In hard economic times, DeLong asserts that the velocity of money (literally the volume of transactions in a time period) slows and given uncertainty over how long the overall economy will be in the contraction rational economic actors fall in what DeLong calls the liquidity trap-converting holdings (non-monetary wealth) into cash or as near to cash as they can. Literally this means buying treasuries or converting to cash. (John Hicks asserts that in a downturn creditworthy governments will be able to place debt instruments at low interest rates).
It is only in hard economic times that individuals want to convert “chunks” of their assets (wealth) into cash; just at the point where the relative scarcity of money will drive down the cash value of assets as there are more people wanting to sell assets for cash than there are buyers of the assets. During contractions, wealth drags down the supply of currency in circulation.
So what does that make wealth accumulation relative to money in circulation. Is there a parallel to the tidal bulge caused by the moon slowing the earth’s rotation? For example is there some critical size of wealth accumulations and the number of them which dictates a reduction in the money supply? Can we model the money supply in relation to wealth accumulations. Further, is it the case that people with large wealth accumulations tend to engage in less economic activity in proportion to their wealth than do people who live hand to mouth. Consider a family which uses all of its income to live, 100 “percenters.” Compare this to a family which uses only 1% of its income to live and invests (places into some wealth holding vehicle or instrument) the other 99%.
Now do investments cause currency circulation to the same degree as living expense transactions? I am going to guess that financial community transactions are different from day to day consumer transactions and do not stimulate the economy as much as “normal” consumer transactions do. Indeed, in general financial community transactions will tend to retard the velocity of money leaving the financial sector (the flow of money entering the financial sector is much greater than the flow of money leaving the financial sector for other parts of the economy). The weaker the economy, the greater the financial sector will slow the velocity of money and conversely, the stronger the economy, say even in a boom, the less the velocity of money leaving the financial sector will be slowed; but, the velocity of money will be slowed when it enters the financial sector. DeLong’s argument supports this as does the conclusion from Hicks-increased demand for aftermarket treasuries as well as fresh ones.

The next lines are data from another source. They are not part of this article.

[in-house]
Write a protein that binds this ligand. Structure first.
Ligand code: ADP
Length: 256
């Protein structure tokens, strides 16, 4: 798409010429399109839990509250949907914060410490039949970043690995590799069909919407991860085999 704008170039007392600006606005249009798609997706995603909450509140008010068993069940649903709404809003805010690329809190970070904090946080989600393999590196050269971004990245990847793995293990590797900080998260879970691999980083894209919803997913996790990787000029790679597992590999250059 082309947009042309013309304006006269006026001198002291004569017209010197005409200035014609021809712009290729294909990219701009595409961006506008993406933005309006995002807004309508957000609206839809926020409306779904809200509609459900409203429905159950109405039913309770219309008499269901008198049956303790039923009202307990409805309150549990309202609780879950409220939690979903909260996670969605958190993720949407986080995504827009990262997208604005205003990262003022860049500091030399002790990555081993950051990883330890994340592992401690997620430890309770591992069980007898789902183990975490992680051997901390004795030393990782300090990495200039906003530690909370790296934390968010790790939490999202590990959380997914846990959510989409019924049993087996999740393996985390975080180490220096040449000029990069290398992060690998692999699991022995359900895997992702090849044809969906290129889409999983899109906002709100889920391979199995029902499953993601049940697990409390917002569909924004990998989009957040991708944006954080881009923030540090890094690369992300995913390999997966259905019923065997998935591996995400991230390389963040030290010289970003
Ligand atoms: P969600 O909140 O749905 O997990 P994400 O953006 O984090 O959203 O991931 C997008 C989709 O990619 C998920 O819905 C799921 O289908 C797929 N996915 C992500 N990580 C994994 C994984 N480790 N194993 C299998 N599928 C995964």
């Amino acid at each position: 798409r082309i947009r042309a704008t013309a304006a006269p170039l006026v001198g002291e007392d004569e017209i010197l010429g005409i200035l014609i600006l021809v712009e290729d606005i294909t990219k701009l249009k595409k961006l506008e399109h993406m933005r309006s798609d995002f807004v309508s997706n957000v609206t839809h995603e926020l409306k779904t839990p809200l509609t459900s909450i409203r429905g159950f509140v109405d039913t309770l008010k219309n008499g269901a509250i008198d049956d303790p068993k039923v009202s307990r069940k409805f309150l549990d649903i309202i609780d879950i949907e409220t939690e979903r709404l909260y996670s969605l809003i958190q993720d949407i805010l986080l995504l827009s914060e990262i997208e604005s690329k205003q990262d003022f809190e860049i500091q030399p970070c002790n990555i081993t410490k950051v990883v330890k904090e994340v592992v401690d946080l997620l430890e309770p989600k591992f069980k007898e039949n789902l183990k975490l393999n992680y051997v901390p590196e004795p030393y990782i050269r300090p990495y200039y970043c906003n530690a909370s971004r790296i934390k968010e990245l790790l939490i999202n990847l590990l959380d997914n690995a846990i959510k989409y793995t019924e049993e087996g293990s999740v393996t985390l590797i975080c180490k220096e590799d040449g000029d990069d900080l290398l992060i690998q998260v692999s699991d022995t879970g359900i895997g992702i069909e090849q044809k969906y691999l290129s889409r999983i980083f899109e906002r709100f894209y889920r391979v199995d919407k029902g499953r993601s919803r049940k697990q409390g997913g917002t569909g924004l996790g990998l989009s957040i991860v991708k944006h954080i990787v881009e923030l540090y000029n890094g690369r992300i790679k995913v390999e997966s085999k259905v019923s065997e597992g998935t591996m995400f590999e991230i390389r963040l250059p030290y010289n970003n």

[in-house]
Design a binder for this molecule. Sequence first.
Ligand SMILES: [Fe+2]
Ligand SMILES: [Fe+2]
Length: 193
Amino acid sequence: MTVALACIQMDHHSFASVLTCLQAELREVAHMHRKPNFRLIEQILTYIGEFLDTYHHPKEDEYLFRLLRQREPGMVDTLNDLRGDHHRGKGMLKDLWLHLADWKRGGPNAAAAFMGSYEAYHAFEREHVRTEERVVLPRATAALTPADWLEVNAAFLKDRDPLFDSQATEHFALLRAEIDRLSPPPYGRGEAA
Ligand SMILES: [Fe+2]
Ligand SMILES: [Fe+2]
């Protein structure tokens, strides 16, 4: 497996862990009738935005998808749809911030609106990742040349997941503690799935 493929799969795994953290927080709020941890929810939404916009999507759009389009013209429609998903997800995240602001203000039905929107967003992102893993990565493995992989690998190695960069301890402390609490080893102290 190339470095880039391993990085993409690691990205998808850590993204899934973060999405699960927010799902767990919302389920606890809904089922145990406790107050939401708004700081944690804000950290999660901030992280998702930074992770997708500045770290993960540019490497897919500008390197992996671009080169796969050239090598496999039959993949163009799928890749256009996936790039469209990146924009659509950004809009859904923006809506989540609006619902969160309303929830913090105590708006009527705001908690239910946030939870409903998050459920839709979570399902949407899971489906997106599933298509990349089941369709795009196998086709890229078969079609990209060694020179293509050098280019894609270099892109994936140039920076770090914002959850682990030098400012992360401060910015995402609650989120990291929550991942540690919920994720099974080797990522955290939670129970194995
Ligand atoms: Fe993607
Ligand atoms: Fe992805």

I am going to guess that economists will assert or assume that all transactions are equal-or that there is not a qualitative difference between the purchase of an apple at a truck stop and the purchase of an apple orchard-only a quantitative one. Is that true? Can we model what happens to a dollar in each case? For starters, buying an apple orchard allows the previous owner to cash out, turn an otherwise non-liquid asset into currency. Some of the cash may go to pay off the previous owner’s mortgage. However, unlike the purchase of a single apple, which sends currency spinning off in many directions to cover wages, taxes, electric bills, rent, and the like, selling the orchard tends to confine money received from the sale within the financial sector at least within the short run.
Recall in the simplest form of the economic flow model, it is households that provide labor and materials to firms and in turn purchase goods and services from firms. Aside from household savings and retained firm profits, the remainder of the cash from household and firm transactions is applied to further transactions. As one adds specialties (refinements) to the model, such as a government sector and a financial sector, one siphons or funnels currency into these specialized sectors. Other than in a very few budget years over the past century, governments have spent all the money they have taken in, and more. Currency funneled into the government sector receipts, with the possible exception of debt service payments, has tended to flow back into the overall economy. Currency going to the government sector tends to increase in velocity as it comes out. (Indeed, given the level of debt governments carry at this writing, there are those who would argue that taxes are multiplied by governments into expenditures larger in dollar volume than the taxes taken in.) Yes, governments have so called trust funds. However, these funds are generally sources of loans for other government programs.